Iowa Senate needs to understand: religious freedom also applies to atheists

Justin Scott is the state director for the Iowa chapter of American Atheists. -promoted by Laura Belin

The notion of religious freedom — what it is, what it isn’t and what it should be — is being tested here in Iowa.

In April 2017, the Iowa House of Representatives respected my religious rights when I delivered the first atheistic invocation in that body’s history. The Iowa Senate, however, has denied my repeated requests to perform a similar invocation. In so doing, the Senate is not only directly discriminating against me, but also violating the Constitution, which protects all faiths equally.

In its upcoming session, the Senate faces a stark choice: continue to limit religious freedom or protect it for all Iowans.

My Republican state senator, Craig Johnson, was the first to deprive me of religious equality, rejecting my request to deliver an invocation. He has since rebuffed me for a second straight year. During the 2018 legislative session, he cited his religion to justify his bigotry: “I am accountable to my constituents that know me to be a legislator with Christian beliefs.”

I grew up Christian, and the Gospel doesn’t advocate taking away non-Christians’ religious freedom. Despite Johnson’s denial, I sought sponsorship from every Iowa senator, regardless of party, in order to test what religious freedom in Iowa really means. The verdict: none invited me to speak in the chamber. Not all senators responded to my e-mails, but many who did explicitly rejected my request out of religious intolerance.

This is unconstitutional. In its 2014 ruling in Greece v. Galloway, the U.S. Supreme Court held that government invocation policies cannot discriminate against the non-religious any more than they could discriminate against Catholics, Jews or Buddhists. The Iowa Senate’s invocation process fails this test. In order to speak, you must approach your elected official and request sponsorship. Apply to deliver an invocation that doesn’t match their religious persuasion, and your request may be denied, scoffed at or flat-out ignored.

To honor the Constitution’s guarantee of equality, the Senate must allow atheists like me to deliver invocations or do away with the ritual. Some senators, preferring this second option, denied my request in order to voice opposition to mixing church and state. One senator wrote to me, “I do not participate in the morning ceremony. I believe that is pushing one individual’s beliefs onto others that may not have the same viewpoint.” Another senator stated, “It is apparent, by their participation, the majority wish to have their show. […] I will NOT sponsor anyone to take any part in this process.”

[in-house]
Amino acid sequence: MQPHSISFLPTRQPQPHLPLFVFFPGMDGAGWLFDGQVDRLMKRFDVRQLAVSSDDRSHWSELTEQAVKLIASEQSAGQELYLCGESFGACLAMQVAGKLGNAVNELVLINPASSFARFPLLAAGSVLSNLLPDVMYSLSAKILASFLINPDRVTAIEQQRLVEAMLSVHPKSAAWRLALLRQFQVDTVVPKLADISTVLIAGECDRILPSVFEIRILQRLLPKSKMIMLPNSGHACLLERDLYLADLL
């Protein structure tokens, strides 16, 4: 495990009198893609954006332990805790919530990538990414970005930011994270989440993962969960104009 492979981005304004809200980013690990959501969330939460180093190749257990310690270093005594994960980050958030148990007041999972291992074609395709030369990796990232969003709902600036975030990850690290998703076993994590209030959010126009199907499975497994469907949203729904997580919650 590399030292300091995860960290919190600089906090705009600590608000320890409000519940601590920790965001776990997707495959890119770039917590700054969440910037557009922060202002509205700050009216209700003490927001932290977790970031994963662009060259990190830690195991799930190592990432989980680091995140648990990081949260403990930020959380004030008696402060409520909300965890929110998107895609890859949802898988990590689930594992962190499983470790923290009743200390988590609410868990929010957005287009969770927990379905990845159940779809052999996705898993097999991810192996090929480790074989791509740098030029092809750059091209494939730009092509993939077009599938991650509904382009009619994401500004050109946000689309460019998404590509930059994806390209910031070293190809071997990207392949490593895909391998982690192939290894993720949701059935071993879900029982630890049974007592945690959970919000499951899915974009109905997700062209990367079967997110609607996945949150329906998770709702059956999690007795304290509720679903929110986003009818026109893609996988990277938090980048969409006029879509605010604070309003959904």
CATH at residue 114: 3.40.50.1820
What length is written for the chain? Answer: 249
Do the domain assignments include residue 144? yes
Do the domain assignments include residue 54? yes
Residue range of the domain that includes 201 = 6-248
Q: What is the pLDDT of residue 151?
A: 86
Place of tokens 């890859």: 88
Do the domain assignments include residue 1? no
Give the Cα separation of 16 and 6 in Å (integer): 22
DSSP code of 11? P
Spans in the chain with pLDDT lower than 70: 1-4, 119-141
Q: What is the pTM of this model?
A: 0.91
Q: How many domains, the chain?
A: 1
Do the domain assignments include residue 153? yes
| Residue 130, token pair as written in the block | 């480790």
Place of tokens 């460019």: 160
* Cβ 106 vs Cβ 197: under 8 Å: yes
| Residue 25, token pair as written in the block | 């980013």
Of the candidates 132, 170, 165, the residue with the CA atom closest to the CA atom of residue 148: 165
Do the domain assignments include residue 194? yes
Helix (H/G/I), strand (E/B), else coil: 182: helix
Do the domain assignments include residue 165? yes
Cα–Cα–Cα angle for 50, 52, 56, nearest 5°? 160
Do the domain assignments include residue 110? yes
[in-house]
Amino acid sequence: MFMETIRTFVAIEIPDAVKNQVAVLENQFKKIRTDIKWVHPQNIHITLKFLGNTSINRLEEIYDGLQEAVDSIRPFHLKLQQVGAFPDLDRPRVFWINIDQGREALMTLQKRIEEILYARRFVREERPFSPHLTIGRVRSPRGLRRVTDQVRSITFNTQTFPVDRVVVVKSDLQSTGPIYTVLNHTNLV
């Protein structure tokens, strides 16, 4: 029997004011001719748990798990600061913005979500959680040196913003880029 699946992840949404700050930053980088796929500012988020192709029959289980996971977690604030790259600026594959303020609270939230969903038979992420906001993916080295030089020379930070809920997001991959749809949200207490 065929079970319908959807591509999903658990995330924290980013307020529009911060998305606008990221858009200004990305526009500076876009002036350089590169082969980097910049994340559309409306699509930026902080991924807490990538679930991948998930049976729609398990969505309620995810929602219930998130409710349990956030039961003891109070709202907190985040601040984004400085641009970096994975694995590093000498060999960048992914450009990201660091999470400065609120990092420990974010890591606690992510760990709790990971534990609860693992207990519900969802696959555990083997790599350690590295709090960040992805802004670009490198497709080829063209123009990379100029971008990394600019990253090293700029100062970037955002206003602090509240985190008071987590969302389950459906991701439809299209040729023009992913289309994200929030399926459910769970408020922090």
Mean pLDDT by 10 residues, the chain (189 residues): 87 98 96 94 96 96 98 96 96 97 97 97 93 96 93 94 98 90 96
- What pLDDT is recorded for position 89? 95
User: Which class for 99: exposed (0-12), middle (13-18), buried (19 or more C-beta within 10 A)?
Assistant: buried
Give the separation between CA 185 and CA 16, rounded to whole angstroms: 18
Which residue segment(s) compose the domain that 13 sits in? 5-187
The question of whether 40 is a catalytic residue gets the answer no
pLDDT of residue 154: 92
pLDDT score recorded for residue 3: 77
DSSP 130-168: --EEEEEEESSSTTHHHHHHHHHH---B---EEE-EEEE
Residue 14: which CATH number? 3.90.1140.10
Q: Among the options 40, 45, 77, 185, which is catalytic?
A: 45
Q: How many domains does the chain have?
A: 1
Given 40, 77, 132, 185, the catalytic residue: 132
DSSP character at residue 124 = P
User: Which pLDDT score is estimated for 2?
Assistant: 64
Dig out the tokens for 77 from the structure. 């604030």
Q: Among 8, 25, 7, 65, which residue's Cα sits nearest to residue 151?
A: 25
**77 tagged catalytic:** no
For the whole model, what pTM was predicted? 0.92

So where do we go from here, Iowa? To me, the answer is simple: the Iowa legislature must remedy the prayer process by making it more inclusive to all Iowans. Changing the policy so that the application runs through a non-partisan third party, not legislators, would stop religious discrimination in this situation. The only other option is to scrap the whole process, which would allow lawmakers to focus less on religious differences and more on their legislative duties.

If you agree, please contact your senator and let him or her know that you demand real religious freedom for all. Iowans must be allowed every opportunity to take part in their government, on any level, regardless of their spiritual beliefs or their atheism. That’s what real religious freedom looks like.

Editor’s note: The Freedom From Religion Foundation wrote to then Iowa Senate President Jack Whitver in March 2018, warning him about the ongoing constitutional violation and urging the chamber to “open its prayers to all comers, including atheists, agnostics, Humanists, Wiccans and other minority beliefs.” (Click here to read that letter in full.) Whitver is now the Senate majority leader.

Top photo: Republican Iowa House Speaker Linda Upmeyer, Justin Scott, and Democratic State Representative Timi Brown-Powers, who sponsored Scott when he gave the chamber’s invocation in April 2017. Photo provided by the author, used with permission.

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